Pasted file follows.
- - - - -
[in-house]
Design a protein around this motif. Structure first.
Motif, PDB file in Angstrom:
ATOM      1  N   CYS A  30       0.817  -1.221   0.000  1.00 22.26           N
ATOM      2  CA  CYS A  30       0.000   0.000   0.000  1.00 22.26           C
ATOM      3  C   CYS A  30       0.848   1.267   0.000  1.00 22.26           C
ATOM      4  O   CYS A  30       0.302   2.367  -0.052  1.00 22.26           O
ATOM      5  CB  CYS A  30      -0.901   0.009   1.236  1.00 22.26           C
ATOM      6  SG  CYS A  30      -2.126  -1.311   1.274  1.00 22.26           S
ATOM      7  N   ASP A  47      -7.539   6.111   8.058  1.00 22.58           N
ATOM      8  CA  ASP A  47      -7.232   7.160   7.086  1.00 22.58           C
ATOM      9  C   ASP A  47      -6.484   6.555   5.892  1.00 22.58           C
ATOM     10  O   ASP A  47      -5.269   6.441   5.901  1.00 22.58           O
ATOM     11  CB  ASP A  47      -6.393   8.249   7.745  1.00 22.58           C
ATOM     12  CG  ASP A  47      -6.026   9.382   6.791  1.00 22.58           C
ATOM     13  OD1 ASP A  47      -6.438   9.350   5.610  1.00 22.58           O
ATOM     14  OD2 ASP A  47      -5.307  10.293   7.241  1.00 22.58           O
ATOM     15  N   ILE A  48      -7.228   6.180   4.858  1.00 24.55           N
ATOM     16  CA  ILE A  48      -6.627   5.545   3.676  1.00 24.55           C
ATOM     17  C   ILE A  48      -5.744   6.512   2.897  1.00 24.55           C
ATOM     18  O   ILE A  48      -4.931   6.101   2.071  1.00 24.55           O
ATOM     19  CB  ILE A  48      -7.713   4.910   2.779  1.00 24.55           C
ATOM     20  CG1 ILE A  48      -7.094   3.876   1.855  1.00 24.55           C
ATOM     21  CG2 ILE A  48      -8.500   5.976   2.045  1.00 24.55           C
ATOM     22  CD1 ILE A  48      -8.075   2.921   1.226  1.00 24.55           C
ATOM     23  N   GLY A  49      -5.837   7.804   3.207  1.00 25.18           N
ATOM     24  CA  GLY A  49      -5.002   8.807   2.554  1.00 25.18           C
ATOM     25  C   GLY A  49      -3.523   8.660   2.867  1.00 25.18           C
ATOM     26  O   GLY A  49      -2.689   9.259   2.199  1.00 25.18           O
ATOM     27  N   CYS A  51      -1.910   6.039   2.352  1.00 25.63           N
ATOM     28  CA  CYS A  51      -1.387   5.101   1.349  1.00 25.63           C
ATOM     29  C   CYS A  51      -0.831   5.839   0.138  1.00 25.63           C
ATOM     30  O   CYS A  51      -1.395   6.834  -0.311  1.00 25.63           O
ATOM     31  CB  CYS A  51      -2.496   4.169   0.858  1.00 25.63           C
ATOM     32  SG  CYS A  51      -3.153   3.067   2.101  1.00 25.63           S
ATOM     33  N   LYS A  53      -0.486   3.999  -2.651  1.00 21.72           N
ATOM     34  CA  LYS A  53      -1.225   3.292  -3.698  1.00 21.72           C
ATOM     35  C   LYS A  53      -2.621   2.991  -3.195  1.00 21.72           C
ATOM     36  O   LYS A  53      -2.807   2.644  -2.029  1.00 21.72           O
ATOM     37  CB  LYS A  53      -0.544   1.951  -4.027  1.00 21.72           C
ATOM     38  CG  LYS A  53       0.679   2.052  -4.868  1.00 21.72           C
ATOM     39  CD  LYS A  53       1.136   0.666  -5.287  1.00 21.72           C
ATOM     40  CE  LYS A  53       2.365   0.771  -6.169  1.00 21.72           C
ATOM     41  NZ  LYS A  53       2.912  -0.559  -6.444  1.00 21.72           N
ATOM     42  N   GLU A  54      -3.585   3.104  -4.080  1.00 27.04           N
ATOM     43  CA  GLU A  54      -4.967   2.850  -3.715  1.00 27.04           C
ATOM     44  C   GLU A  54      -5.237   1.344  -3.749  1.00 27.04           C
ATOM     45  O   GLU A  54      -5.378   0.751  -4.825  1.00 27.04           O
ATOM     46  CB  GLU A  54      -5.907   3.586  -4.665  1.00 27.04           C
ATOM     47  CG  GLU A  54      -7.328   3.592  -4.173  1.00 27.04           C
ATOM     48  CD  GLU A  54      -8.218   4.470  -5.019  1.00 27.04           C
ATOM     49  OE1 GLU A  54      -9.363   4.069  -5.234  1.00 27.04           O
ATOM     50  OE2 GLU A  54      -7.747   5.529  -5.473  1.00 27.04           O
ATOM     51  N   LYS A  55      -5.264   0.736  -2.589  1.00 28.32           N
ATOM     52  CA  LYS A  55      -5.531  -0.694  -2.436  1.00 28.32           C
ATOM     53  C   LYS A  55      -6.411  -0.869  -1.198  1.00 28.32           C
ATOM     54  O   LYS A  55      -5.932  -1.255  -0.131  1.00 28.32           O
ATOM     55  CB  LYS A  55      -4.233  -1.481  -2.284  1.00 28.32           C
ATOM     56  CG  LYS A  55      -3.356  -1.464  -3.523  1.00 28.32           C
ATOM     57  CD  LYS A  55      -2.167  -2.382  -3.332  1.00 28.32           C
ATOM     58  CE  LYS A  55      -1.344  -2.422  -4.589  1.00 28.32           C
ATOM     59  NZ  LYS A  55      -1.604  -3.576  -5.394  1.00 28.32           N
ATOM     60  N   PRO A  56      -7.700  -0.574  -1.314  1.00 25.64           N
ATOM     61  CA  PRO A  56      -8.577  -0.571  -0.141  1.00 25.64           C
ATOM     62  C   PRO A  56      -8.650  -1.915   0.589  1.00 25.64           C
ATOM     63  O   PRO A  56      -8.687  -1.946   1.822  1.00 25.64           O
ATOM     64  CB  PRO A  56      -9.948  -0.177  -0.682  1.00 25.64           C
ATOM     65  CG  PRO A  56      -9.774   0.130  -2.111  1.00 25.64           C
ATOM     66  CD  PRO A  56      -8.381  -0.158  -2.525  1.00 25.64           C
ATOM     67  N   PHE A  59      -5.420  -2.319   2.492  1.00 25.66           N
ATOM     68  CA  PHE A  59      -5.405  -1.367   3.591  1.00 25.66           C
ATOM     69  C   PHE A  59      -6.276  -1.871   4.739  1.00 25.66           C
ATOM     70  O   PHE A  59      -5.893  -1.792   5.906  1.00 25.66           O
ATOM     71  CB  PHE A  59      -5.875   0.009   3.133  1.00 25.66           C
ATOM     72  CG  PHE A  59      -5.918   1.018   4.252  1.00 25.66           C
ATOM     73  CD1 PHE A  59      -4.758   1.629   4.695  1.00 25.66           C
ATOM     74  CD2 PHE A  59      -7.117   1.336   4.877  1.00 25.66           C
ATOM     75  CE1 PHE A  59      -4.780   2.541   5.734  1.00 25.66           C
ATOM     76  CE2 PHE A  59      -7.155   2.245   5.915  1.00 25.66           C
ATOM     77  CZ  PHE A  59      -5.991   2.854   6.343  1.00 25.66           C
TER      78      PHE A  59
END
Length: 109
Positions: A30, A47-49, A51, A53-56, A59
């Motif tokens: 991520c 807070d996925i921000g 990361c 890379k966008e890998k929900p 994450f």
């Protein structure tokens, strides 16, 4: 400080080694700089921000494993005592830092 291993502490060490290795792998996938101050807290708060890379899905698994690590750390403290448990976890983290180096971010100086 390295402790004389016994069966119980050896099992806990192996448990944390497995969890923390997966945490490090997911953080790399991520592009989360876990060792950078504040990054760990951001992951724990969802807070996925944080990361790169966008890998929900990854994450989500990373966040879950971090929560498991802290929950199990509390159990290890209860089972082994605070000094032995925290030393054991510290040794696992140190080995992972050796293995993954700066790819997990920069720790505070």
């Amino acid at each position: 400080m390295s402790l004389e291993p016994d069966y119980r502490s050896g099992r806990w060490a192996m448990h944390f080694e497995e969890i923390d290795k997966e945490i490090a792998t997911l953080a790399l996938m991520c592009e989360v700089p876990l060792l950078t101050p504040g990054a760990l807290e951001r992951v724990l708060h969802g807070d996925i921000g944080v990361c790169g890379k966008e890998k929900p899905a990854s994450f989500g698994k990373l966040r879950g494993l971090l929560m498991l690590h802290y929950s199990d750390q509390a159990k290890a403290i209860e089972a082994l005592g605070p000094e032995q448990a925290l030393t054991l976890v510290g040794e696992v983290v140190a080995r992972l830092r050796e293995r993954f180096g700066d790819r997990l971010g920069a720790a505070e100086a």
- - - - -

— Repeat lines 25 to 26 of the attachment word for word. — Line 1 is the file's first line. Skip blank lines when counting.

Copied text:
ATOM     22  CD1 ILE A  48      -8.075   2.921   1.226  1.00 24.55           C
ATOM     23  N   GLY A  49      -5.837   7.804   3.207  1.00 25.18           N